Death Valley Thwarts Solo French Trekker

Roland Banas

Four days ago, Frenchman Roland Banas began an unsupported trek across Death Valley National Park, on the Nevada-California border. On December 17, he quit what was his fourth attempt at the route. Starting in the south, Banas intended to splice the park right down the middle before finishing at the park’s northernmost point. He estimated that the route is 230km long and would take eight days, averaging 29km per day over riverbeds, sand, salt and dry flats.

Banas suggested he would carry a 40kg backpack of supplies, consisting mainly of water, and thus his speed would pick up as he progressed. He kicked off with a 17km effort over six hours. Ramping up the following day, he came close to his target average by banking 26km over 11 hours. He finished at a campsite he called Mud Bath 2, for its natural hot springs.

On the third day he managed a respectable 24 km, but his tracker moved only a few kilometers on December 17, and he posted a simple “Time to Quit” message from close to a road. The reason for his sudden failure is not yet known.

Banas’s proposed route (thick red line) and final GPS waypoint. Photo: Roland Banas

Currently the only person to cross Death Valley unsupported and on foot is Belgian adventurer Louis-Phillipe Loncke. In November 2015, Loncke crossed the desert from north to south, covering 248km in 7 days, 23 hours and 40 minutes. About that trek, Loncke previously wrote: “The route has been attempted twice by an American using a desert cart. He failed because his cart always broke and he spent time doing repairs or carrying jerrycans of water back and forth across difficult terrain –- like riverbeds — until he could continue hauling his cart. I believe it’s possible to cover the distance in 5.5 to 6 days only on foot with hiking poles, and by the way, desert carts are not permitted.”

Loncke chose to go the opposite direction to Banas, that is, north to south, in order to start at a high elevation and finish low. Loncke suggests that it’s safer to start in the mountains and walk south, where rescue is easier. Photo: Louis-Philippe Loncke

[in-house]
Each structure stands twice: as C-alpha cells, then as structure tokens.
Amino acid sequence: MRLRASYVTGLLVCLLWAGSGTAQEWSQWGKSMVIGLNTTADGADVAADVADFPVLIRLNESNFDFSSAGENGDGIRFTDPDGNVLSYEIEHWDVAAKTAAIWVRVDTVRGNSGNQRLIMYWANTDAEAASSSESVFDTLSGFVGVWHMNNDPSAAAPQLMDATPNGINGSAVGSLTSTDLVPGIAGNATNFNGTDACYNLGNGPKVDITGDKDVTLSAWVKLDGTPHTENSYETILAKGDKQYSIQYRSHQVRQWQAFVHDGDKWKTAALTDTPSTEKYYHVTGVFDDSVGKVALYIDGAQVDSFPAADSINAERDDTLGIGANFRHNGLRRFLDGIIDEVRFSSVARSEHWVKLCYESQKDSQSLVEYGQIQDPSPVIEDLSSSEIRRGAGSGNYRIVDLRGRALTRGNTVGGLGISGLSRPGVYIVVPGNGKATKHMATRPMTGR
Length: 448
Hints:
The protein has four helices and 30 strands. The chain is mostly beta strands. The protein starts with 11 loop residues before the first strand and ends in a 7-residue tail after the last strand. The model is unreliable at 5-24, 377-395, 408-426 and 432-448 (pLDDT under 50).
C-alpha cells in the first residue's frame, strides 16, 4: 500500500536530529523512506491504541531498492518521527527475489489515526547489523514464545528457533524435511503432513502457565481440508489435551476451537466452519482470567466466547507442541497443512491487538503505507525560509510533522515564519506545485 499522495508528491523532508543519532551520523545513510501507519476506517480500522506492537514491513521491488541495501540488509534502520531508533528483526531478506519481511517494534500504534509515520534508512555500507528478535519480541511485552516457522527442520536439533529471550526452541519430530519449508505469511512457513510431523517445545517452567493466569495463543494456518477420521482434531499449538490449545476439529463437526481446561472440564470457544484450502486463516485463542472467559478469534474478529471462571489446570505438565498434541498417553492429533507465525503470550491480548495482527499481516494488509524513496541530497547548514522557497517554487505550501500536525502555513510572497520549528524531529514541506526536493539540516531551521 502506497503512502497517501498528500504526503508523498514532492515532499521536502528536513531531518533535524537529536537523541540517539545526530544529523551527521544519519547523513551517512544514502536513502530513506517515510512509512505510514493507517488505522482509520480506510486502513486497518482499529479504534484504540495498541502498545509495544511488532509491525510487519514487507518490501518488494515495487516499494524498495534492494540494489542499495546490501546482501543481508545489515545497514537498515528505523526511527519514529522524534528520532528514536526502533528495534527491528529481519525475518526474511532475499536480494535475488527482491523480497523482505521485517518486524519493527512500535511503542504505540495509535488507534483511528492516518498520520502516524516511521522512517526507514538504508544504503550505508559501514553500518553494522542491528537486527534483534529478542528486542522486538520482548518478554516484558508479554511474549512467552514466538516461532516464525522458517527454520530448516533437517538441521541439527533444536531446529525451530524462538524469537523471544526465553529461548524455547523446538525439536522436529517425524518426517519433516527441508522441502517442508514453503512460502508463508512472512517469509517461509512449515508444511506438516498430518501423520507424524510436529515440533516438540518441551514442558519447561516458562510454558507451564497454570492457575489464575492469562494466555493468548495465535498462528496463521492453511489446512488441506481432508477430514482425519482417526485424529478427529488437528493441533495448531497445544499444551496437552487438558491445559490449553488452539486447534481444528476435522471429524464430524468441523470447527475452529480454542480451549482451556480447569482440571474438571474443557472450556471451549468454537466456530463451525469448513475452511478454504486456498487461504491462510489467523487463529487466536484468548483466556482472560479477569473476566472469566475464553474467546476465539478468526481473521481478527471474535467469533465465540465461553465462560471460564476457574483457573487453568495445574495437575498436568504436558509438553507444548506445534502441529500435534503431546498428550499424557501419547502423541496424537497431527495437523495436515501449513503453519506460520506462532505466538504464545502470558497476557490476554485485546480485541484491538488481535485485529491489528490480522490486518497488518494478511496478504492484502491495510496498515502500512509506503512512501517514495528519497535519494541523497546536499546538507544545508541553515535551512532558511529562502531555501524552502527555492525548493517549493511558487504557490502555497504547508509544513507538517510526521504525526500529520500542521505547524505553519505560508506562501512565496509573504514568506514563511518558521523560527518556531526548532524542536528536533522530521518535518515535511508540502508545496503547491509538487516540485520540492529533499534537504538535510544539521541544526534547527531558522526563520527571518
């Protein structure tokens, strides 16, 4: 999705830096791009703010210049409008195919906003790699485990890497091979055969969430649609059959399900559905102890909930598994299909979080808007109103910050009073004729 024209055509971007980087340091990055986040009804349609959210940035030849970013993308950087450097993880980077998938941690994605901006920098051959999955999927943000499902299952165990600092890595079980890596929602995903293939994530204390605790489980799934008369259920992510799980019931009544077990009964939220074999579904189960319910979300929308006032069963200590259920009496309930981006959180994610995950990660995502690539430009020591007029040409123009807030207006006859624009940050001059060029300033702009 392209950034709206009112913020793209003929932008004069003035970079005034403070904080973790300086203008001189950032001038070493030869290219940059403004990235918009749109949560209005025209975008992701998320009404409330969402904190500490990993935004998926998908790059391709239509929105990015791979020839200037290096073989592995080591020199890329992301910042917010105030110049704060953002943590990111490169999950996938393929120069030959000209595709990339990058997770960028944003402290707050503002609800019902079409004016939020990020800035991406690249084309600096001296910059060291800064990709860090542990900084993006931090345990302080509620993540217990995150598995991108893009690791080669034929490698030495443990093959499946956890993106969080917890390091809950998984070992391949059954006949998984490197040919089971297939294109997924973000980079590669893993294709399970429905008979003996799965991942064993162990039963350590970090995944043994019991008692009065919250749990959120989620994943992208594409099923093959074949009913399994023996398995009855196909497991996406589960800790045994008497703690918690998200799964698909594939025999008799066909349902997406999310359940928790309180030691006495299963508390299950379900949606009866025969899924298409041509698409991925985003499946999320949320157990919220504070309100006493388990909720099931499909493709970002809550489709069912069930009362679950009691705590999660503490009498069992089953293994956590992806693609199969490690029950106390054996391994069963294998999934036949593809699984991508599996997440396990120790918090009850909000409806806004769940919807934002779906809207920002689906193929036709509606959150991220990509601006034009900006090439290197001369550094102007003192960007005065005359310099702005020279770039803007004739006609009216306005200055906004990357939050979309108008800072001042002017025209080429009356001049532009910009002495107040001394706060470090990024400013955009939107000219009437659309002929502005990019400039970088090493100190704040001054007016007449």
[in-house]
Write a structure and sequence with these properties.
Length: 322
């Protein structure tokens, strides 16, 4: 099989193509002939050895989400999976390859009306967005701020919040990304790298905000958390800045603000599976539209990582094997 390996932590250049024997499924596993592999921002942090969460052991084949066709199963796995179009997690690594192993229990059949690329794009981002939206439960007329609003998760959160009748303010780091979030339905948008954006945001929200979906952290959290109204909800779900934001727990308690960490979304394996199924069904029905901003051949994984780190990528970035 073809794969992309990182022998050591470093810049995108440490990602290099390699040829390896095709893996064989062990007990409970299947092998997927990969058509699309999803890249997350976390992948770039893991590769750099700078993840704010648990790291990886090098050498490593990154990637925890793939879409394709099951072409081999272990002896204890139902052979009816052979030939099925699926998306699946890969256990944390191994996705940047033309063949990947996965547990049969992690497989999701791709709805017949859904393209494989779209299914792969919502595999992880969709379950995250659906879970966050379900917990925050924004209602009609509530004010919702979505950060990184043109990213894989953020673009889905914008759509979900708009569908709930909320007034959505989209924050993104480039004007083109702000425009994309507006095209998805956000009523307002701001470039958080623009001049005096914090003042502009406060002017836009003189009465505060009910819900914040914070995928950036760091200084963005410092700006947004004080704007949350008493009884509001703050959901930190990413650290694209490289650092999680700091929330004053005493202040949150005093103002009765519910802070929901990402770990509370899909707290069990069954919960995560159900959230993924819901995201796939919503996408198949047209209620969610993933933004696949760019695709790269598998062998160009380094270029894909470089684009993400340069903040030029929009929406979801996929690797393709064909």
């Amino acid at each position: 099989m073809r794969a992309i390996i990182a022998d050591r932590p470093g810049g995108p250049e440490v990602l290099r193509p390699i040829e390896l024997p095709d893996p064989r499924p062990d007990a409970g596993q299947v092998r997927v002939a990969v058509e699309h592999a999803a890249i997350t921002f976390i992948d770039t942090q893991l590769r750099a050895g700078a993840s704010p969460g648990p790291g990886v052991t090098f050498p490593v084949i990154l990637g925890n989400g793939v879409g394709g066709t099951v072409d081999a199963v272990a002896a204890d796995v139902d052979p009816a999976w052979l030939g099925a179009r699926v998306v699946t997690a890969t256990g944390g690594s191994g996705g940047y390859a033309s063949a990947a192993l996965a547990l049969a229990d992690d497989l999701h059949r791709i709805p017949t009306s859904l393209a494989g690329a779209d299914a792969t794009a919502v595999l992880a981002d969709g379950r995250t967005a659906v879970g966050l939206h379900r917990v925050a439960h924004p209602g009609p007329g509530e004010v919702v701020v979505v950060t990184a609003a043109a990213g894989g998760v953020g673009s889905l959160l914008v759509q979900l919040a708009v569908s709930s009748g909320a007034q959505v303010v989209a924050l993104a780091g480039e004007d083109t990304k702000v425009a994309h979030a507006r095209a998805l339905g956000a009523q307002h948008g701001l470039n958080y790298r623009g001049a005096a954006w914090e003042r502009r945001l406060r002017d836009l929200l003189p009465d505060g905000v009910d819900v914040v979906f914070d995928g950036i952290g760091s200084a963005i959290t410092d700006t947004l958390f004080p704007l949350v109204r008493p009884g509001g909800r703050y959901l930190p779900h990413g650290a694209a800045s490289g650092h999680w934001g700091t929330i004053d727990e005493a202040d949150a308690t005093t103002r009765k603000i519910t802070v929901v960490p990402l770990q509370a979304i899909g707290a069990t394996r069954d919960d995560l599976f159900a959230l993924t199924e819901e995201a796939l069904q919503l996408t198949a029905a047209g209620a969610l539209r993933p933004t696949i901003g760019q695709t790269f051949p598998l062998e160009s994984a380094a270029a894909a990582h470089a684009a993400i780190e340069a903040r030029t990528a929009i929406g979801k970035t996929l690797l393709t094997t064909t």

Banas has not cited reasons for his previous failures at this challenge. About the main difficulties, Loncke said: “The terrain is difficult: In places there is a crusty surface like frozen cheese with big holes in it. It’s hard to push against with your feet and you can easily break the surface. Also there are salt flats, where the salt crust melts when it rains and results in deep mud. You can go calf deep in this, which really slows you down.”

In summer, Death Valley is the hottest place on earth, but in December, it averages a cool 11°C. Photo: Louis-Philippe Loncke

Banas live GPS tracks
Loncke Expedition Write-Up
Loncke Expedition Description


About the Author

Ash Routen

Ash Routen

Ash is an outdoor and adventure writer from the UK. He juggles a day job as a public health scientist with a second career in outdoor writing.

His words have featured in newspapers, magazines, and on various brand websites. Major bylines include Financial Times, Daily Telegraph, Porsche, Outside Magazine, Rock and Ice, and Red Bull.

He holds two degrees in Exercise and Health Sciences, and a PhD in Public Health.

His areas of expertise are polar expeditions, mountaineering, hiking, and adventure travel. In his spare time Ash enjoys going on small independent sledding expeditions, outdoor photography, and reading adventure literature.

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2 years ago

Thank you for sharing my story. I returned to Death Valley on the 27th of December, 2018 and this time I completed it in just under 7 days, solo and unsupported, staying off any trails and roads. I posted an adventure report on explorerweb.